I've not posted for two weeks now. So much has gone on and I kept meaning to but had lost some momentum, it started to seem like too much to write about without missing things out. But not posting anything for that reason is silly so will catch up here! Most of what we've been up to has been art-related with the odd exception. In the last two weeks we've been to three art fairs, one opening party at a local bar/gallery (which was lots of fun, especially as I got to chat with and get on really well with the artist and curator both of whom are lovely), two museums, one gallery, an auction/benefit for Haiti and a shop that sells almost exclusively artists books and zines which meant that I had to monitor my spending and drooling!
http://www.litm.com/art.html (Megan Gulick's exhibtion in Jersey City)
First up, the fairs, I wasn't sure what to expect as I've never been to Frieze or Zoo or anything like that, but even despite being quite hungover on the Friday for The Armory Show (New York's equivalent to Frieze) I really enjoyed it, so many great artists (and some dreadful ones too) in one place. Seeing such a wealth of material at once was quite daunting, but I began quite quickly to be selective, I adopted an 'I know what I like' policy overall as there's so much to get through, I tried not to check the name first but tended to take time with things that caught my eye, art browsing I suppose. I was interested by the fact that there was lots of painting and the wacky/conceptual/cryptic stuff was thinner on the ground than I'd imagined. Something we noticed which wasn't about the art but rather about the attending demographic was that there was virtually no-one there who could have had a BMI over about 20, which is interesting since the US is renowned for its obesity problem. Of course I'm being facetious, it was a bit bloody posh. We noticed a prominent theme in some of the work, of birds and animals in general and chickens in particular. We took a series of photos with Sarah standing confused by chicken related material. Honestly, there were loads!
We went to X Initiative and Pulse art fairs in Chelsea on Sunday - a gloriously sunny day! The stuff at X-Initiative was hosting a lot of non-representational work and some difficult to approach work, I found it a bit difficult to engage with most of the material. There was, however a great piece by Valie Export and a De Lorean one of which I've never seen in real life. There sadly was no Flux-Capacitor but it was still exciting nonetheless. Pulse was great, a veritable smogasbord of talent, stunning painting, sculpture, photography and installation all in a warehouse space almost on the waterfront of the Hudson. Stand out artists for me were:- Alex Prager, Adriana Duque, Megan Greene, Sara Rahbar, Cecilia Paredes, Devora Sperber, Eleanor Rendeiro & Thomas Mueller.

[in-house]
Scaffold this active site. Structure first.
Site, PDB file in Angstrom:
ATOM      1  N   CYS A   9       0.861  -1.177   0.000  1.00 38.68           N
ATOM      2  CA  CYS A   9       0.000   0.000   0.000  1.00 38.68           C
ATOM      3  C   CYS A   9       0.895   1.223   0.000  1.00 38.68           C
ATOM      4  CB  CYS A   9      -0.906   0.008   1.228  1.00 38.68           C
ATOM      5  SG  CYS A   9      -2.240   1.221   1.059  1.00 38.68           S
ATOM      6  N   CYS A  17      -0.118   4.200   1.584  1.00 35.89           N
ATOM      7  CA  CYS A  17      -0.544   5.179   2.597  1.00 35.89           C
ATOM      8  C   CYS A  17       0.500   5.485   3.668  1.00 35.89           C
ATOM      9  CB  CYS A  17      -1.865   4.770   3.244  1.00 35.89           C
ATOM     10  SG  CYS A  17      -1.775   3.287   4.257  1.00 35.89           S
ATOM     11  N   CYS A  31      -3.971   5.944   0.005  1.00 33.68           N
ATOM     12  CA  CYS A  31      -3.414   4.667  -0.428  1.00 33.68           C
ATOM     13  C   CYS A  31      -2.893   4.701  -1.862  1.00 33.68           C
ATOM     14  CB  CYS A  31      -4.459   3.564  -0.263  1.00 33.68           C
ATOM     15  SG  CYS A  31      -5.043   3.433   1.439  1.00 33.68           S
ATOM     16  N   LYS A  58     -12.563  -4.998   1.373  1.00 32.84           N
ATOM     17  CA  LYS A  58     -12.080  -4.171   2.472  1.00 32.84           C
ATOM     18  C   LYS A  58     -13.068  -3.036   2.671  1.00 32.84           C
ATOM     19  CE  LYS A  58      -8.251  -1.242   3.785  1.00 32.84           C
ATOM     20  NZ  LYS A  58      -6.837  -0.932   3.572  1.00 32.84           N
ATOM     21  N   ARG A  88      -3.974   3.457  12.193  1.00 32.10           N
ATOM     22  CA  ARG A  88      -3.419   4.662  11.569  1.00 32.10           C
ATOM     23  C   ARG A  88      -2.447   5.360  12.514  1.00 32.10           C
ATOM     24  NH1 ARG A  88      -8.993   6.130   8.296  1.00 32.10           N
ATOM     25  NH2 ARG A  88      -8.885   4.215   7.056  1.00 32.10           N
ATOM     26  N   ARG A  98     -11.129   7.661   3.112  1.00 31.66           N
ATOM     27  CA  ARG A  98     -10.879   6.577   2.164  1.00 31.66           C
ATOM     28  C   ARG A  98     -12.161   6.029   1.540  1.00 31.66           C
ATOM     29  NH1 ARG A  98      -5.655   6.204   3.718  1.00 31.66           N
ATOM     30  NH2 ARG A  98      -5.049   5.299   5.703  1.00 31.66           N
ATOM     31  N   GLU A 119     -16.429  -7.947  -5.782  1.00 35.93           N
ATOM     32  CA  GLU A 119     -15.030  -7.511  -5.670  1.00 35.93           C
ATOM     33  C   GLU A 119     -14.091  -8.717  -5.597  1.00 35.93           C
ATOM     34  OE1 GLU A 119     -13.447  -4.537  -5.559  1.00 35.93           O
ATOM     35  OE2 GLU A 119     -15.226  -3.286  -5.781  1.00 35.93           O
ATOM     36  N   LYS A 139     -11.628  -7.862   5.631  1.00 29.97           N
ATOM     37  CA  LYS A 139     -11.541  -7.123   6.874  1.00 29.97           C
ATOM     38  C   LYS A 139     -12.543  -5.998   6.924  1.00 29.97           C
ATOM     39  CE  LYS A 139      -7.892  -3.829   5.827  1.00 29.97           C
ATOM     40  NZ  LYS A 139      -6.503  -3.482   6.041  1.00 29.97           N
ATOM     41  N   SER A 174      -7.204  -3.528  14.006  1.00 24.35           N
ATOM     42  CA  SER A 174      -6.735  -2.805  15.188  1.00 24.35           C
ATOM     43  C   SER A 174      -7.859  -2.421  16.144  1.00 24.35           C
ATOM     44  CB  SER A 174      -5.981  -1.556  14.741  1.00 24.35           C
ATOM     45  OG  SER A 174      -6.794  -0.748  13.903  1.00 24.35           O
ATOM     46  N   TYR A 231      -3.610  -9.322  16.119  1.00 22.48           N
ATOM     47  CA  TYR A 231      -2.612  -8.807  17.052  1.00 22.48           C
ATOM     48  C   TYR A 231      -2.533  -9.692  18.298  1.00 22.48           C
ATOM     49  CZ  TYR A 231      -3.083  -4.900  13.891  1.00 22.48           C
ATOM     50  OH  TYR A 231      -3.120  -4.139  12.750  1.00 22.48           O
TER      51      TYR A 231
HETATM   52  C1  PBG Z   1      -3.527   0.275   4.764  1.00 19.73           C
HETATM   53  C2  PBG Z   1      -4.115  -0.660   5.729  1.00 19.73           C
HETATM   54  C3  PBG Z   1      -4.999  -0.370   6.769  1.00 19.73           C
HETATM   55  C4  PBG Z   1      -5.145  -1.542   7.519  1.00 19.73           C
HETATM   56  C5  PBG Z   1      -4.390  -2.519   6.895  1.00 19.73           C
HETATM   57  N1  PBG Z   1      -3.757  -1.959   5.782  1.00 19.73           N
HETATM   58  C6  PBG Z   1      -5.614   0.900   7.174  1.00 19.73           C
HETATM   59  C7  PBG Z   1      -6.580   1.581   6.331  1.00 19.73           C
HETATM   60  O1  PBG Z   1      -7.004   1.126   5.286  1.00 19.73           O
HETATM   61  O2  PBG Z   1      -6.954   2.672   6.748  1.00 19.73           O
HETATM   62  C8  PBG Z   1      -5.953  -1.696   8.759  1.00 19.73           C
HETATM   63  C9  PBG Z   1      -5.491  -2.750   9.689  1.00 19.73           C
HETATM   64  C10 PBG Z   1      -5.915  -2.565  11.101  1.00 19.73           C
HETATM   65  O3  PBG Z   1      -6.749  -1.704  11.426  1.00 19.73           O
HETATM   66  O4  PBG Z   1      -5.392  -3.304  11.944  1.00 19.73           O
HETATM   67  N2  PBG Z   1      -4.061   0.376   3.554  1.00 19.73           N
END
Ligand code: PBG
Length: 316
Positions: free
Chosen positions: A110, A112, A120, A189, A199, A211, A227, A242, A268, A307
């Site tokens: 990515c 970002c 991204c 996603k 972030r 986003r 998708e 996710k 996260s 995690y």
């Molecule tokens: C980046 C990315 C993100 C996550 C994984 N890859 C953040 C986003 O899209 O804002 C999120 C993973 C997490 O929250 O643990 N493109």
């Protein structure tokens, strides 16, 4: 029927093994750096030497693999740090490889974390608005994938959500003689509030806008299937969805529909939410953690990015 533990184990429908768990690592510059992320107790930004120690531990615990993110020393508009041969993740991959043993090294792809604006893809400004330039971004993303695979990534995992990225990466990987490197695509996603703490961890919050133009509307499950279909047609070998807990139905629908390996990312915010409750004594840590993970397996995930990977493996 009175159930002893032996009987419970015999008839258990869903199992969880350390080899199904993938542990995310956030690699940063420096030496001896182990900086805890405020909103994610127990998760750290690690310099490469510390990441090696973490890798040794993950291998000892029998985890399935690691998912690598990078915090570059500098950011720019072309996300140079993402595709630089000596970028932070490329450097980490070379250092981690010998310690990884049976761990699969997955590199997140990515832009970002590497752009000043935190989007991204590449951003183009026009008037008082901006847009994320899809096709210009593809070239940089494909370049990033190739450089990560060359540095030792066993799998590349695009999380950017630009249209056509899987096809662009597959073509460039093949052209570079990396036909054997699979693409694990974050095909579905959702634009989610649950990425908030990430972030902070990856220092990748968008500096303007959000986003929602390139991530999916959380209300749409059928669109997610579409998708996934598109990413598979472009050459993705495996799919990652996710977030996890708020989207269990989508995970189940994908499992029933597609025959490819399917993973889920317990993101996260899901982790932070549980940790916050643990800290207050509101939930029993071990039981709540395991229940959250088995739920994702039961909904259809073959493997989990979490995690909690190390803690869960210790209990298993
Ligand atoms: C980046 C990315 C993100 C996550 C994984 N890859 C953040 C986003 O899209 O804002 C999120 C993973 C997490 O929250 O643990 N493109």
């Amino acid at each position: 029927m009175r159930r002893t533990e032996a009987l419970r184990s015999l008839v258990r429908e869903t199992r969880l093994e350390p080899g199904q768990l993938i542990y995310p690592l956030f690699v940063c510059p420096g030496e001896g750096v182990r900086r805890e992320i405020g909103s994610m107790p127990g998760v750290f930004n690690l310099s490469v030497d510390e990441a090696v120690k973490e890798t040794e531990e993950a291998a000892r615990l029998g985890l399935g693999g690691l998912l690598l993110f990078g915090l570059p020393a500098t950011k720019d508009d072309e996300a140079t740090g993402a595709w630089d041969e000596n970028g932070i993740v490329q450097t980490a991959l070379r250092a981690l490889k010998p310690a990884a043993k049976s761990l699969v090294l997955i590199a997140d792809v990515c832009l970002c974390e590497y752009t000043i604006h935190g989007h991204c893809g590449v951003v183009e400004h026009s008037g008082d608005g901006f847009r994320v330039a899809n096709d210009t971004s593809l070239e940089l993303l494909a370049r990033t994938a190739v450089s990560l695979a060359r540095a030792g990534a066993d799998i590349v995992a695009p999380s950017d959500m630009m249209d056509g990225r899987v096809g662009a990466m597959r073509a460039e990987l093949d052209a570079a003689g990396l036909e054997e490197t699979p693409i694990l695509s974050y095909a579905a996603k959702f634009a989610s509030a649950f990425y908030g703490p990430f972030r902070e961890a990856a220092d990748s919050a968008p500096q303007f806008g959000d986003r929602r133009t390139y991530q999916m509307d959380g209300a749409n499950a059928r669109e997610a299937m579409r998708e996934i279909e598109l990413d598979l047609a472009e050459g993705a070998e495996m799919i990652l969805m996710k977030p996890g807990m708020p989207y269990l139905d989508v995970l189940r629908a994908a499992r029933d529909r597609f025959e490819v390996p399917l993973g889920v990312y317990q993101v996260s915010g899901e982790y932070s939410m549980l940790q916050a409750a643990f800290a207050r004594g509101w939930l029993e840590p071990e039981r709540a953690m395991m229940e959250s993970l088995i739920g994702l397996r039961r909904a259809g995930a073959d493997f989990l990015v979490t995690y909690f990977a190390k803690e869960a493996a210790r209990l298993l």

When my man Alex came to visit we did lots of touristy things, we had some great weather for visiting the Statue of Liberty on Liberty Island, Going to the top of the Empire State Building and a stroll in Central Park. We also visited the International Institute of Photography and because the Tim Burton exhibition was sold out we went to the American Folk Art Museum, which is next door to MOMA and excellent, they currently have an exhibition running call 'Approaching Abstraction' which dispells the myth that self-taught and folk artists are only ever representational and literal. The work in this show is stunning, expressive and thought provoking really worth a visit if you're ever in New York. Next month starting April 6th are two new shows there:- Women Only: Folk Art by Female Hands & The Private Collection of Henry Darger both of which I'm really looking forward to seeing.
This Monday just gone we went to a Haiti Benefit at Sotherby's where a piece of work by Sarah's friend Stuart Semple was up for auction and also Patti Smith was playing. It was wonderful, I couldn't quite believe it was happening she was stood 8 feet away at most and just in front of us, no stage, nothing. I was totally awestruck and very amused when she gobbed on their carpet!
Today visited another piece of Semple's work in a group show in Chelsea called 'Nobody gets to see the wizard. Not no one. Not no how' an interesting Oz themed collection. Semple's main piece 'Ding Dong (Thatcher's dead)' which compirises of a big black model of a house with feet in blue court shoes with big buckles poking out from underneath, along with an eerie blue glowing, is witty and, since I think that anyone with a heartbeat should loathe Thatcher (when we were little my mum used to get m and my brother Jamie to shout 'Maggie Maggie Maggie! Out Out Out! That's parental indoctrination for you!) I really like it! The other piece I really liked was by an artist called Deborah Kass from her series 'Feel Good Paintings for Feel Bad Times' and it's called 'Forget Your Troubles', executed in a playful pop style with just the title covering the canvas it's a witty and uplifting piece.
After that we visited Printed Matter Inc. around the corner which has been on my list of places to visit since I came across a book by an artist called Kim Beck (who is wonderful judging by the book and her website) This shop deals in artist books and is heaven for any art/bibliophile like myself, I will be going back before we leave. I bought an issue of a journal called Lovely Daze. It's an artist's bi-yearly journal divided into months and full stunning photography, drawing, painting and writing. It is celebratory I think is the best word, not a trace of clever, clever, edgy, knowing, trendy, cynical, quasi-ironic bullshit. It's artists that respect eachother sharing their work with each other. I love it, it will be one of my most treasured possessions from this trip I'm sure of it.
http://www.idealcities.com/ (Kim Beck - artist)